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VOL. 41 | NO. 14 | Friday, April 07, 2017
Can the president attack another country without Congress?
WASHINGTON (AP) — The U.S. missile strikes Thursday on a Syrian air base were conducted without formal congressional approval. Some questions and answers about how and why presidents can conduct military action without permission from the 535 representatives of the American people.
DID CONGRESS KNOW?
Trump did let Congress know of his plans to launch 59 Tomahawk cruise missiles Thursday evening, targeting the air base from which Syrian President Bashar Assad launched a chemical weapons attack earlier this week against his own people, killing more than 80 men, women and children. A White House official said more than two dozen members of Congress, both Democrats and Republicans, were briefed Thursday by White House and Cabinet officials. House Speaker Paul Ryan, the No. 3 U.S. official, said he was among those informed.
IS INFORMING THEM ENOUGH? DON'T THEY GET A SAY?
The War Powers Resolution, enacted in 1973, long after American troops began fighting in Vietnam, required the president to consult with Congress before sending U.S. armed forces into combat unless there already had been a declaration of war. The troops could not stay more than 90 days unless lawmakers backed the decision. The law also sought to give the president "leeway to respond to attacks or other emergencies," according to the Council on Foreign Relations.
And it is that leeway that presidents George W. Bush, Barack Obama and now Trump have used to their advantage. Following the Sept. 11 attacks in 2001, Congress gave Bush authority to attack any countries or groups involved in the attacks, which was generally accepted to mean al-Qaida. Obama used that same authority to fight the Islamic State militant group, which emerged in 2014 as an outgrowth of al-Qaida. Trump has used that same authority to continue military action in Iraq, Afghanistan and Syria.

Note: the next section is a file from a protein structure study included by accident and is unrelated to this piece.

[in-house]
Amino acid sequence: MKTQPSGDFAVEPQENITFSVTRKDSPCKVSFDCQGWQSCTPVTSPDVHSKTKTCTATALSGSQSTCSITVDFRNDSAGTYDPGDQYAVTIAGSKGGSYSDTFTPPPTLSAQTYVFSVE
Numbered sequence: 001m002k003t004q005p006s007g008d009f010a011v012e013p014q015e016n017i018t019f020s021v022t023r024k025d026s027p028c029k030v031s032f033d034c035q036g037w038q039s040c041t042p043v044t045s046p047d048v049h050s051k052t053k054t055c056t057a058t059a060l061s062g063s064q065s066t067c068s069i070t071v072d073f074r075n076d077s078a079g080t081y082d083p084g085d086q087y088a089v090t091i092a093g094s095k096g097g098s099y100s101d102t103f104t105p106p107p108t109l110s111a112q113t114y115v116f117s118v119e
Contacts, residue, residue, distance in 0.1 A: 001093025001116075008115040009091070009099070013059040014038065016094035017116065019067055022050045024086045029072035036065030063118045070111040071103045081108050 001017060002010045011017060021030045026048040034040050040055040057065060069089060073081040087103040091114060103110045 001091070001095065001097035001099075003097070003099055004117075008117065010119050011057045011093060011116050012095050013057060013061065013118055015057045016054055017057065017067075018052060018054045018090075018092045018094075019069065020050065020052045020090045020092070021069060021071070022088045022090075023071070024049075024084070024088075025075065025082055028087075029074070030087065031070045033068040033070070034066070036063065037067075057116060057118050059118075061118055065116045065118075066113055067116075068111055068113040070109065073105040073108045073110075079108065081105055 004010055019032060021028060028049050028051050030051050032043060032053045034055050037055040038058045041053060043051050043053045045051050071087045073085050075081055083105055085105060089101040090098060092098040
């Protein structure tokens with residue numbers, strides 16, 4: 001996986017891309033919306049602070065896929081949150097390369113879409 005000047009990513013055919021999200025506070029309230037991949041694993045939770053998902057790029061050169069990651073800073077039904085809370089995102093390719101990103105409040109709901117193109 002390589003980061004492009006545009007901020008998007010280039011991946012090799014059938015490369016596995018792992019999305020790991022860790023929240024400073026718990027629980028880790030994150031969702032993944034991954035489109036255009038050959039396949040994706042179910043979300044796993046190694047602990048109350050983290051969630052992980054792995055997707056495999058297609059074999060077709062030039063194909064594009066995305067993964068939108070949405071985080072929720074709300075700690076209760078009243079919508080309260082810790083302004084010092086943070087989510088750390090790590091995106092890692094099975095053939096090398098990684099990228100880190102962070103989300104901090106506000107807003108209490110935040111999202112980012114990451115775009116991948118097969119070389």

The Obama administration maintained in 2011 that U.S. involvement in the months-long air campaign against Libya didn't require congressional permission because American forces were largely playing a supporting role as part of an international coalition.
In February 2015, Obama asked Congress to formally authorize war against the Islamic State, saying the militant group could threaten the U.S. homeland if left unchecked. His resolution would have limited authorization to three years, with no geographic restrictions for U.S. forces. It would have banned "enduring offensive combat operations," an ambiguous term that attempted to define a middle ground between Democrats leery of another protracted Middle Eastern conflict involving ground troops, and Republicans, who largely believe the U.S. needs maximum flexibility to pursue IS.
Congress held a few hearings, but never acted on the proposal.
WHAT DOES CONGRESS THINK NOW?
Sen. Bob Corker of Tennessee, the Republican chairman of the Foreign Relations Committee, said before Thursday's missile launch that he thought it would be prudent to consult with Congress, but didn't insist Congress had to approve Trump's actions.
After the strike, Corker applauded Trump for acting decisively. But he said he wants to know what happens next.
"As we move forward, it will be important for the administration to engage with Congress and clearly communicate its full strategy to the American people," Corker said in a statement.
Sen. Mike Lee, R-Utah, insisted that if the U.S. increased the use of military force in Syria, "we should follow the Constitution and seek the proper authorization from Congress." Kentucky lawmakers Thomas Massie and Rand Paul, both Republicans, agreed.
"President Trump should make his case in front of the American people and allow their elected representatives to debate the benefits and risks of further Middle East intervention to our national security interests," Lee said in a statement.
Other Republicans, like former Trump primary opponent Sen. Marco Rubio of Florida, applauded the strikes without mentioning congressional approval.
Associated Press writer Wendy Benjaminson contributed to this report.